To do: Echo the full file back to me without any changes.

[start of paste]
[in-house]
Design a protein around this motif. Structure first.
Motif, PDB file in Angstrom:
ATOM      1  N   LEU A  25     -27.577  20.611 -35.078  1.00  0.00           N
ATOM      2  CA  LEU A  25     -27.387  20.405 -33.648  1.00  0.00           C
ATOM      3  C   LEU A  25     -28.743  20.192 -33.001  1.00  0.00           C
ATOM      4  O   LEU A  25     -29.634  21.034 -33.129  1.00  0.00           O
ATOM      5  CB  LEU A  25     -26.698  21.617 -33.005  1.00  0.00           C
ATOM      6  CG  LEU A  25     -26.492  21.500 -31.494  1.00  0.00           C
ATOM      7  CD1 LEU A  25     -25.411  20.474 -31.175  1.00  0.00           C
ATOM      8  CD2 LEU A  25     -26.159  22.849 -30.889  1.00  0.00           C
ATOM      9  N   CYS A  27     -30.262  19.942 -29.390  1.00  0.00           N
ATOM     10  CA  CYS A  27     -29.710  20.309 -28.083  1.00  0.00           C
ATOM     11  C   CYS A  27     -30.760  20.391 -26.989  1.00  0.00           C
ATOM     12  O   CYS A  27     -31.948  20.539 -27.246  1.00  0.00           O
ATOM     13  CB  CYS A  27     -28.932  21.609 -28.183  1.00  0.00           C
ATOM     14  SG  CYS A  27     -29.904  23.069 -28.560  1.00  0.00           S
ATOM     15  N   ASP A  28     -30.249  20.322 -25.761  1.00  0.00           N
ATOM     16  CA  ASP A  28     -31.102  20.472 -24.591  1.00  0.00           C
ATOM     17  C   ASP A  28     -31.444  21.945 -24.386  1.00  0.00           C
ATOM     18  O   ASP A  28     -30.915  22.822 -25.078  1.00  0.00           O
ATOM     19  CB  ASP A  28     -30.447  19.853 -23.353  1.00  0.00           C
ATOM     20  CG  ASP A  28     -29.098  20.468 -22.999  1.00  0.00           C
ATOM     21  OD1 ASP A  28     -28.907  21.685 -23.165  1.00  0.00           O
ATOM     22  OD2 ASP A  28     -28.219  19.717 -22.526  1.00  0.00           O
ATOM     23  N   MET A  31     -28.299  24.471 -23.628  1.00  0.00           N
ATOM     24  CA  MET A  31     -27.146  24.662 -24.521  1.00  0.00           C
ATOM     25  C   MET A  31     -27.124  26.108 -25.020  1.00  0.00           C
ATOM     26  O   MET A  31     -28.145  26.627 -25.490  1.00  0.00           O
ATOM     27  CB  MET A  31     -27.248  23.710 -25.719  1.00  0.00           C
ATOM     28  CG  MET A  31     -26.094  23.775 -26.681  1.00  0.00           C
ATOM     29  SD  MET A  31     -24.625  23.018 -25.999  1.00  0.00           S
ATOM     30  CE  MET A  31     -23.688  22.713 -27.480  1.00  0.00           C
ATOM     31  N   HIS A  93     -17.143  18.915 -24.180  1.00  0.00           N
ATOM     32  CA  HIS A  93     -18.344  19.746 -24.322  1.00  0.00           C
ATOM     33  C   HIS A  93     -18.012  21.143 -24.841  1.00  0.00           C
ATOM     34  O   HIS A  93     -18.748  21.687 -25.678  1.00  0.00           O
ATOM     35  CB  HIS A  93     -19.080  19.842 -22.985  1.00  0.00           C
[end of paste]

[in-house]
Design a protein around this motif. Structure first.
Motif, PDB file in Angstrom:
ATOM      1  N   LEU A  25     -27.577  20.611 -35.078  1.00  0.00           N
ATOM      2  CA  LEU A  25     -27.387  20.405 -33.648  1.00  0.00           C
ATOM      3  C   LEU A  25     -28.743  20.192 -33.001  1.00  0.00           C
ATOM      4  O   LEU A  25     -29.634  21.034 -33.129  1.00  0.00           O
ATOM      5  CB  LEU A  25     -26.698  21.617 -33.005  1.00  0.00           C
ATOM      6  CG  LEU A  25     -26.492  21.500 -31.494  1.00  0.00           C
ATOM      7  CD1 LEU A  25     -25.411  20.474 -31.175  1.00  0.00           C
ATOM      8  CD2 LEU A  25     -26.159  22.849 -30.889  1.00  0.00           C
ATOM      9  N   CYS A  27     -30.262  19.942 -29.390  1.00  0.00           N
ATOM     10  CA  CYS A  27     -29.710  20.309 -28.083  1.00  0.00           C
ATOM     11  C   CYS A  27     -30.760  20.391 -26.989  1.00  0.00           C
ATOM     12  O   CYS A  27     -31.948  20.539 -27.246  1.00  0.00           O
ATOM     13  CB  CYS A  27     -28.932  21.609 -28.183  1.00  0.00           C
ATOM     14  SG  CYS A  27     -29.904  23.069 -28.560  1.00  0.00           S
ATOM     15  N   ASP A  28     -30.249  20.322 -25.761  1.00  0.00           N
ATOM     16  CA  ASP A  28     -31.102  20.472 -24.591  1.00  0.00           C
ATOM     17  C   ASP A  28     -31.444  21.945 -24.386  1.00  0.00           C
ATOM     18  O   ASP A  28     -30.915  22.822 -25.078  1.00  0.00           O
ATOM     19  CB  ASP A  28     -30.447  19.853 -23.353  1.00  0.00           C
ATOM     20  CG  ASP A  28     -29.098  20.468 -22.999  1.00  0.00           C
ATOM     21  OD1 ASP A  28     -28.907  21.685 -23.165  1.00  0.00           O
ATOM     22  OD2 ASP A  28     -28.219  19.717 -22.526  1.00  0.00           O
ATOM     23  N   MET A  31     -28.299  24.471 -23.628  1.00  0.00           N
ATOM     24  CA  MET A  31     -27.146  24.662 -24.521  1.00  0.00           C
ATOM     25  C   MET A  31     -27.124  26.108 -25.020  1.00  0.00           C
ATOM     26  O   MET A  31     -28.145  26.627 -25.490  1.00  0.00           O
ATOM     27  CB  MET A  31     -27.248  23.710 -25.719  1.00  0.00           C
ATOM     28  CG  MET A  31     -26.094  23.775 -26.681  1.00  0.00           C
ATOM     29  SD  MET A  31     -24.625  23.018 -25.999  1.00  0.00           S
ATOM     30  CE  MET A  31     -23.688  22.713 -27.480  1.00  0.00           C
ATOM     31  N   HIS A  93     -17.143  18.915 -24.180  1.00  0.00           N
ATOM     32  CA  HIS A  93     -18.344  19.746 -24.322  1.00  0.00           C
ATOM     33  C   HIS A  93     -18.012  21.143 -24.841  1.00  0.00           C
ATOM     34  O   HIS A  93     -18.748  21.687 -25.678  1.00  0.00           O
ATOM     35  CB  HIS A  93     -19.080  19.842 -22.985  1.00  0.00           C